Public Auction Procedure for Landlord Selling Tenant Property


Public Auction Procedure for Landlord Selling Tenant Property

This article will outline the process for liquidating via public auction a tenant’s personal property left on a commercial rental property located in Arizona and provide examples of the necessary notices. 

Please note that, while this article accurately describes applicable law on the subject covered at the time of its writing, the law continues to develop with the passage of time. Accordingly, before relying upon this article, care should be taken to verify that the law described herein has not changed.

I. Procedure

Pursuant to Ariz. Rev. Stat. § 33-362(A), a landlord “shall have a lien on all property of his tenant not exempt by law, placed upon or used on the leased premises, until rent is pa Id. ” The purpose of the landlord’s lien is to secure the payment of rent.[1]

If a tenant fails to pay rent due, the landlord may seize as much personal property of the tenant located on the premises and not exempted by law as is necessary to secure the payment of rent.[2]  Furthermore, Arizona courts hold that a landlord is entitled to seize all of the tenant’s property not exempt by law in exercise of a landlord’s lien and is not limited to only seizing property sufficient to cover the amount owed.[3]

If the tenant does not pay the rent due within sixty days after seizure of the personal property, the landlord may sell the seized property at a public auction pursuant to statutory procedures.[4]  Then, if (1) rent remains unpaid after the expiration of the sixty-day period, (2) the tenant resides in the county where the property is located, and (3) the landlord wants to liquidate the seized property at public auction, the landlord must provide the tenant with ten days’ notice to pay the rent or the property will be sold at auction.[5]  If the tenant does not reside in the county where the property is located, the landlord is not required to give the ten-day opportunity to cure before proceeding to sell.[6]  In all circumstances, however, a five-day notice of the public auction is required.[7]  If the tenant can be found, the landlord must provide the tenant with five days’ notice of the time and place of sale.[8]  If the tenant cannot be found, the landlord must provide this five-day notice by two publications in a newspaper published in the county.[9]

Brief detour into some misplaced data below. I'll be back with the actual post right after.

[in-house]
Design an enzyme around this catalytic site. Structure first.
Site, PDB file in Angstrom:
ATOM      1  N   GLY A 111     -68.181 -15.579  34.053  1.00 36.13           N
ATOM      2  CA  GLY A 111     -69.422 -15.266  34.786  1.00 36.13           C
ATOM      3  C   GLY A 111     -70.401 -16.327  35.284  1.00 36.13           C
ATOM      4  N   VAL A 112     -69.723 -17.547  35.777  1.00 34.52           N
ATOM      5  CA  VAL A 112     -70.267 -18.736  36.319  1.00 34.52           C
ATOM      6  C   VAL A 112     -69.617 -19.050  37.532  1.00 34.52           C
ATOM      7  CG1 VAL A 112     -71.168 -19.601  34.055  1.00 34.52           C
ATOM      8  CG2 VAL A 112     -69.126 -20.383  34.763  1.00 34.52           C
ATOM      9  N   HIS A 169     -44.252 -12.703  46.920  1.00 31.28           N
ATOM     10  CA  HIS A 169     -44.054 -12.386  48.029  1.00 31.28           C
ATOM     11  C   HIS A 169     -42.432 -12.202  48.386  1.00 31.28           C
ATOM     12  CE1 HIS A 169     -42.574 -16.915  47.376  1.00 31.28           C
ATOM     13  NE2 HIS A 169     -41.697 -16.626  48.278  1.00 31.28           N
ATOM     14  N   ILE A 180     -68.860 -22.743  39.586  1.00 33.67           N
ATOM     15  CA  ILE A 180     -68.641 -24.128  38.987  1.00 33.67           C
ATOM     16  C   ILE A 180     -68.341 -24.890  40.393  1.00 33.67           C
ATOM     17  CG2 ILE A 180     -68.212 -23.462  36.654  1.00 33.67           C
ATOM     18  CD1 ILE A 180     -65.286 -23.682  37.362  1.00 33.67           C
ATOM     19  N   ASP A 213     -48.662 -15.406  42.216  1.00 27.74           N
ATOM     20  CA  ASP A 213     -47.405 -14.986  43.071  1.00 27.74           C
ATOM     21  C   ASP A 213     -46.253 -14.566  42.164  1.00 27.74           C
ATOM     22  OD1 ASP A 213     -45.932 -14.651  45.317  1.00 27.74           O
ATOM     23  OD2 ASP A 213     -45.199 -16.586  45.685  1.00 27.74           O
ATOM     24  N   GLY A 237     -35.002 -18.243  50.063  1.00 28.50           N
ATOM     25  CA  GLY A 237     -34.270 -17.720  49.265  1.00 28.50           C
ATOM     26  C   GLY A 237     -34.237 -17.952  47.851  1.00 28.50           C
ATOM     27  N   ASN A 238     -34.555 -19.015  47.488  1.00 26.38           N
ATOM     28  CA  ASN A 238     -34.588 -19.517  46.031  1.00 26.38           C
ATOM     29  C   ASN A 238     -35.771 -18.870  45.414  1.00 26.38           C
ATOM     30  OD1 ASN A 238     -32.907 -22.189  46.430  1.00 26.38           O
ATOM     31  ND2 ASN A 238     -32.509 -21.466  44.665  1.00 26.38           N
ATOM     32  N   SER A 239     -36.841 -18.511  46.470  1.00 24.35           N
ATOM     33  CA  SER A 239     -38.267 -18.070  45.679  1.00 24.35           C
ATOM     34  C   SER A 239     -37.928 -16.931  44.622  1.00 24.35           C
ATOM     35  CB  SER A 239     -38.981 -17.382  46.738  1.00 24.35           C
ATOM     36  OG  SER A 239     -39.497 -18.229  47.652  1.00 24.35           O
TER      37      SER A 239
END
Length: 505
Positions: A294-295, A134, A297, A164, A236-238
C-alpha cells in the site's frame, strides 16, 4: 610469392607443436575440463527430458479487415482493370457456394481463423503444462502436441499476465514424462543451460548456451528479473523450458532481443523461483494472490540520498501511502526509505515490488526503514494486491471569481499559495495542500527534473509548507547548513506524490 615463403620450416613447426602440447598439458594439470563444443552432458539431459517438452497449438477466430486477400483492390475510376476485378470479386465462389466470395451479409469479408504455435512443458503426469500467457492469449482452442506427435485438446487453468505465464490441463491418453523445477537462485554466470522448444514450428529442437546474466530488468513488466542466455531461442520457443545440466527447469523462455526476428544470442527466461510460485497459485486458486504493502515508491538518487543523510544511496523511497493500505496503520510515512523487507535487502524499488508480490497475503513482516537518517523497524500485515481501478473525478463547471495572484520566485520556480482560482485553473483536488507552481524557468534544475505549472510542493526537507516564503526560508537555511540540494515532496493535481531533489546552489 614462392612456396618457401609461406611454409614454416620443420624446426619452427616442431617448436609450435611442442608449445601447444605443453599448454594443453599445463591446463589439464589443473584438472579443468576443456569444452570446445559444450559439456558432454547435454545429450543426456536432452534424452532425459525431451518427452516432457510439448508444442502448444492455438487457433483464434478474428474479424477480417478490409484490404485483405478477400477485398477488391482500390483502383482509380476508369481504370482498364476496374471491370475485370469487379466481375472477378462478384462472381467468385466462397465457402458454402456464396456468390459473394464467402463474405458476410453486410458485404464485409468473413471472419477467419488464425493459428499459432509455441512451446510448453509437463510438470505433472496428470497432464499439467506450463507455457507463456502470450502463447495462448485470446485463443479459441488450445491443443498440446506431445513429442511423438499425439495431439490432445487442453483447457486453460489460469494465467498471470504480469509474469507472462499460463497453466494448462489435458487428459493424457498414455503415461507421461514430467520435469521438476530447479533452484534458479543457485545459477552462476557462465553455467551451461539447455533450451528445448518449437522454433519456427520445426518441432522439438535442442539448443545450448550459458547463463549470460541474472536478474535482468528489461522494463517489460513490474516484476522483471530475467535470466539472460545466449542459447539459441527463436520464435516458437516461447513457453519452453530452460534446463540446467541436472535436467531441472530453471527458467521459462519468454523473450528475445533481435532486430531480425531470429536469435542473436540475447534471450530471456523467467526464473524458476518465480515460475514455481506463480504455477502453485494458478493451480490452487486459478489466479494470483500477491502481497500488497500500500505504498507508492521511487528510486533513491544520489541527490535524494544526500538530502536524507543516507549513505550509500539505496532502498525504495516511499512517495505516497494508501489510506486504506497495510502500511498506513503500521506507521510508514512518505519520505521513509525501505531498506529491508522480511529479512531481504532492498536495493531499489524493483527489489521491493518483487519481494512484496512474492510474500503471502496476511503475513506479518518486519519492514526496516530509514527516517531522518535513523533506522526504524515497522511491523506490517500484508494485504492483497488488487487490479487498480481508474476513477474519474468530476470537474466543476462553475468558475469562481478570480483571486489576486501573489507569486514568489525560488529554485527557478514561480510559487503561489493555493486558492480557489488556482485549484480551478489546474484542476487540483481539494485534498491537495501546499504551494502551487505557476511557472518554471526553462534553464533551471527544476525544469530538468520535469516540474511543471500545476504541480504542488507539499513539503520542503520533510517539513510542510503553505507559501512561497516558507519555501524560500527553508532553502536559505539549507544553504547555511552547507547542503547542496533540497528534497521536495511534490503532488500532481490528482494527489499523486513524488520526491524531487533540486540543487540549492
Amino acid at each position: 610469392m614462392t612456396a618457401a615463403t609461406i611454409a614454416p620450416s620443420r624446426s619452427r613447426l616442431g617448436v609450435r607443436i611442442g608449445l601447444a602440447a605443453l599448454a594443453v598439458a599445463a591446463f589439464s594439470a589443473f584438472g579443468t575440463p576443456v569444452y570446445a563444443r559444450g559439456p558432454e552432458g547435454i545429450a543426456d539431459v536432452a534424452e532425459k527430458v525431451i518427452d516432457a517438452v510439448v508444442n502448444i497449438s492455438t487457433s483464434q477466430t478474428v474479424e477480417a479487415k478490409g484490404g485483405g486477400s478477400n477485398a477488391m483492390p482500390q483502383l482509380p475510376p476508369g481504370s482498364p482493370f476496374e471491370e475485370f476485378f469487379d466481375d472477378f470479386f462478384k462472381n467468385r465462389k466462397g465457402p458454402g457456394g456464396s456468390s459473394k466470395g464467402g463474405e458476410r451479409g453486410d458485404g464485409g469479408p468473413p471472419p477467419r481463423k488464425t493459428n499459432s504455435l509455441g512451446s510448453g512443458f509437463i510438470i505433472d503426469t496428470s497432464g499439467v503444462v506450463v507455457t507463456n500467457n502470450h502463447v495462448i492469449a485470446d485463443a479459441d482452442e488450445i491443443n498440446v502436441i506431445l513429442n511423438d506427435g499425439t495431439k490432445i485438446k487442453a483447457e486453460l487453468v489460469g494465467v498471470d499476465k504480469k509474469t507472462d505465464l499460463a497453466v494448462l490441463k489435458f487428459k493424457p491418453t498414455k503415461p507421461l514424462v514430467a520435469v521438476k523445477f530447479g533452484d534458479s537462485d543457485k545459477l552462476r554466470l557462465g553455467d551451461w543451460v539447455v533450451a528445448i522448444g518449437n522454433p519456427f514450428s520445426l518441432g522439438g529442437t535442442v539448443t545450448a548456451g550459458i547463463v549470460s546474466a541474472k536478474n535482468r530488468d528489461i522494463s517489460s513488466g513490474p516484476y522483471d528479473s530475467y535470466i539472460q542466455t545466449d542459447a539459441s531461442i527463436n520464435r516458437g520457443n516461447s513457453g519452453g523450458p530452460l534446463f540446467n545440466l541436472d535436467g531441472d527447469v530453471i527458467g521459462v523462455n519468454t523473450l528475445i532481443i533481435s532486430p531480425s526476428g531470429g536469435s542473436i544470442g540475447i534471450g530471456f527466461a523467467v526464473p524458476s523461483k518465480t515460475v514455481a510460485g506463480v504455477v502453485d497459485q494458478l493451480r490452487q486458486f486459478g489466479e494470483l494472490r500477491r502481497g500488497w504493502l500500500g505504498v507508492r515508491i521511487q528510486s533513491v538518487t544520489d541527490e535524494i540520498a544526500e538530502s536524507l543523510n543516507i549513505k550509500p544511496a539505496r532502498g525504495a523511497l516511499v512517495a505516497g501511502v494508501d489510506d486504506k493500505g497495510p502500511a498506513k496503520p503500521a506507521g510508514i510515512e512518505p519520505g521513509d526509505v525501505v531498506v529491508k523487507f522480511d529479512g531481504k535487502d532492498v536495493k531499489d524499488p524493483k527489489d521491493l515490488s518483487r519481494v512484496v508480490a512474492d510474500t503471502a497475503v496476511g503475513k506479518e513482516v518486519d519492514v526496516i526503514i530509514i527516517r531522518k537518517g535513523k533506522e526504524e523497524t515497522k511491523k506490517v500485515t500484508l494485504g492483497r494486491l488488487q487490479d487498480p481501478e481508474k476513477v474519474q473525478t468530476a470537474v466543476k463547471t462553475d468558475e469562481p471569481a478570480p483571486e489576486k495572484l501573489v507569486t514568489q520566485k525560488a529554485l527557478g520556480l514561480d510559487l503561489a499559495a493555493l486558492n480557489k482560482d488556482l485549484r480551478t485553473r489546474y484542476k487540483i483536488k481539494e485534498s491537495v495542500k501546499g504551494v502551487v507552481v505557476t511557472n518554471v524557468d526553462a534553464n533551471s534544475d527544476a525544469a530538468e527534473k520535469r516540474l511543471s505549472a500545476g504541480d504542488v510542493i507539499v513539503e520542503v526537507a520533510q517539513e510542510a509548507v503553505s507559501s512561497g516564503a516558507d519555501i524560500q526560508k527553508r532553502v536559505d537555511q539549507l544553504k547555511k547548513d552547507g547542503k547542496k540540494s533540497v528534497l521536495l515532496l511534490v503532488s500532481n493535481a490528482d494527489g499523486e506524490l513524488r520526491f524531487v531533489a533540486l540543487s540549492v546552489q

After that five-day period, the property may be sold at a public auction and the proceeds from the sale may be used to satisfy the rent due.[10]  Any remaining balance from the proceeds must be paid to the tenant, or, if the tenant cannot be found, to the department of revenue.[11]

II. Examples

The following is an example of a ten-day notice to cure which would be sent to the tenant if the tenant resides in the county in which the property is located:
[Date]

[Tenant]

[Address]

Dear [Tenant]:

Notice is hereby given to [Tenant] that the undersigned retained possession and claimed a lien for sixty days under the provisions of Ariz. Rev. Stat. §§ 33-361 and 33-362 for the payment of rent in the amount of $ upon the following described property located at [property address]: [description of property].

Notice is further given that if you fail to pay said amount within ten days from receipt of this Notice, the property will be sold at public auction pursuant to Ariz. Rev. Stat. § 33-1023 to foreclose the lien and satisfy the charges.

DATED: __________

____________________________________   
[Signature of Landlord]
 The following is an example of a five-day notice of public auction:
NOTICE OF SALE

Notice is hereby given that the undersigned, in order to foreclose the lien in the amount of $________ for unpaid rent which is claimed by [Landlord] pursuant to Ariz. Rev. Stat. §§ 33-361 and 33-362, will sell at public auction to the highest bidder for cash on the ________ day of ________, 20__, at the hour of ________, at [full address of the sale], Arizona, the following described property of [name of property owner]: [description of property]

DATED: __________

____________________________________   
[Signature of Landlord]
1 Childers v. 2525 E. Ariz. Biltmore Circle Corp., 731 P.2d 1239, 1243 (Ariz. Ct. App. 1986); United States v. Globe Corp., 546 P.2d 11, 14 (Ariz. 1976) (the lien is for rent due or to become due).

2 Ariz. Rev. Stat. § 33-361(D). 

3 Janes v. Country Escrow Serv., 660 P.2d 482, 485 (Ariz. Ct. App. 1982). 

4 Ariz. Rev. Stat. § 33-361(D).

5 Ariz. Rev. Stat. § 33-1023(A); see In re Glob. Aircraft Sols., Inc., 2011 WL 3300241, at *5 (B.A.P. 9th Cir. May 11, 2011).

6 Ariz. Rev. Stat. § 33-1023(A).

7 Ariz. Rev. Stat. § 33-1023(B).

8 Id.

9 Id.

10 Ariz. Rev. Stat. § 33-1023(A).

11 Id.


If you have questions regarding a possible landlord-tenant law matter, or to arrange for a consultation concerning your legal matter, please contact Robert Mitchell at rdm@tblaw.com or at (602) 452-2730.
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